According to the European Travel Commission's (ETC) latest report, "European Tourism - Trends & Prospects 2018", growth in visitor arrivals has been recorded by all 33 reporting destinations, with 1 in 3 enjoying increases in excess of 10 percent. Europe saw a 7 percent growth in international tourist arrivals the second quarter of 2018 over the same period last year and accounts for 50 percent of the share of tourist arrivals worldwide.
Despite signals of a slowing global economy and increased fuel prices expected to turn into higher airfares, appetite for travel to Europe remains and is encouraged by increased air routes between the region and key long-haul source markets and destination's efforts to sustain year-round tourism growth, the ETC said.
Travellers are returning to Turkey (+33%) owing to improved perceptions. The rebound in visitor numbers is boosted by a range of source markets including China alongside the Turkey Year of Tourism in China. Growth in Balkan destinations such as Croatia (+27%) and Montenegro (+22%), was supported by increased air connectivity whereas Mediterranean islands, like Malta (+18%) and Cyprus (+15%), appear to have benefited from spurring cruise line traffic. Bulgaria (+12%) saw stand out growth due to its appeal and affordability during the shoulder season while Iceland (+6%) experienced a significant slowdown from previous years. Established hotspots such as Spain (+2%) and Portugal (+4%), registered moderate increases and saw falls from some of their largest European source markets (e.g. UK and Germany).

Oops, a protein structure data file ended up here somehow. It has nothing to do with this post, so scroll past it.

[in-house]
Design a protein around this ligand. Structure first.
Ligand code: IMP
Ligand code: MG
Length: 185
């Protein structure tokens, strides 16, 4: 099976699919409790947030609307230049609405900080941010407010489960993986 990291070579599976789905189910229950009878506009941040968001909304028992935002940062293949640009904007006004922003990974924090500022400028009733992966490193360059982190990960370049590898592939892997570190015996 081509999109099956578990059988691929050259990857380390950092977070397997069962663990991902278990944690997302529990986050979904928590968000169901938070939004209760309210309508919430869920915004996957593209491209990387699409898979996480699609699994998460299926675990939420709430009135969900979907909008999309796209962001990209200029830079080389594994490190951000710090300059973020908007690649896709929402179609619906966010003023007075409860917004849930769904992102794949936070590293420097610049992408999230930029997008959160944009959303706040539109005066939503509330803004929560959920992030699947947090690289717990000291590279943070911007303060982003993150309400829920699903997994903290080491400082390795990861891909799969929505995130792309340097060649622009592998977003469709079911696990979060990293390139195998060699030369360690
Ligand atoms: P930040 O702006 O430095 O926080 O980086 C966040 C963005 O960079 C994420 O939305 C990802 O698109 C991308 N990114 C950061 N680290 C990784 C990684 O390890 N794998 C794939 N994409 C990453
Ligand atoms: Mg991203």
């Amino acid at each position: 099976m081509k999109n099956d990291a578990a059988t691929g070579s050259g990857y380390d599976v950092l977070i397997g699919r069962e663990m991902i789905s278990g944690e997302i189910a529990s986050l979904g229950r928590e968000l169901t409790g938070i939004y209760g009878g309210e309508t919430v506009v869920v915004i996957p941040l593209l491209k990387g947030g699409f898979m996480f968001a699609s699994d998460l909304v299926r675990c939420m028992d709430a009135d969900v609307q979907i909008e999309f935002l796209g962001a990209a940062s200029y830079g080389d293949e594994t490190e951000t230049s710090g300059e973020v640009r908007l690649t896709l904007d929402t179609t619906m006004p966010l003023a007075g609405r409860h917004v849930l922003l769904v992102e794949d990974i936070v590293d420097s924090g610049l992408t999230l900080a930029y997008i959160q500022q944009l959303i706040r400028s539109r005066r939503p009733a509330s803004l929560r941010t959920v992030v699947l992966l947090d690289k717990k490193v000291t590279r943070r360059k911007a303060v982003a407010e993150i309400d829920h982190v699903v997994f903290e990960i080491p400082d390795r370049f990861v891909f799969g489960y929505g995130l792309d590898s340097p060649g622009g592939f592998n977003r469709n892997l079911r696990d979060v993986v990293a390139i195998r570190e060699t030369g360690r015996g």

In the U.S., increased wages and private consumption are expected to underpin European travel demand. Growth from the U.S. remains strong for many European destinations despite an environment of increased protectionism and a weaker dollar rendering travel to Europe less affordable. Cruise destinations, Cyprus, Montenegro, and Croatia saw increases in excess of 30 percent from this market based on latest 2018 data.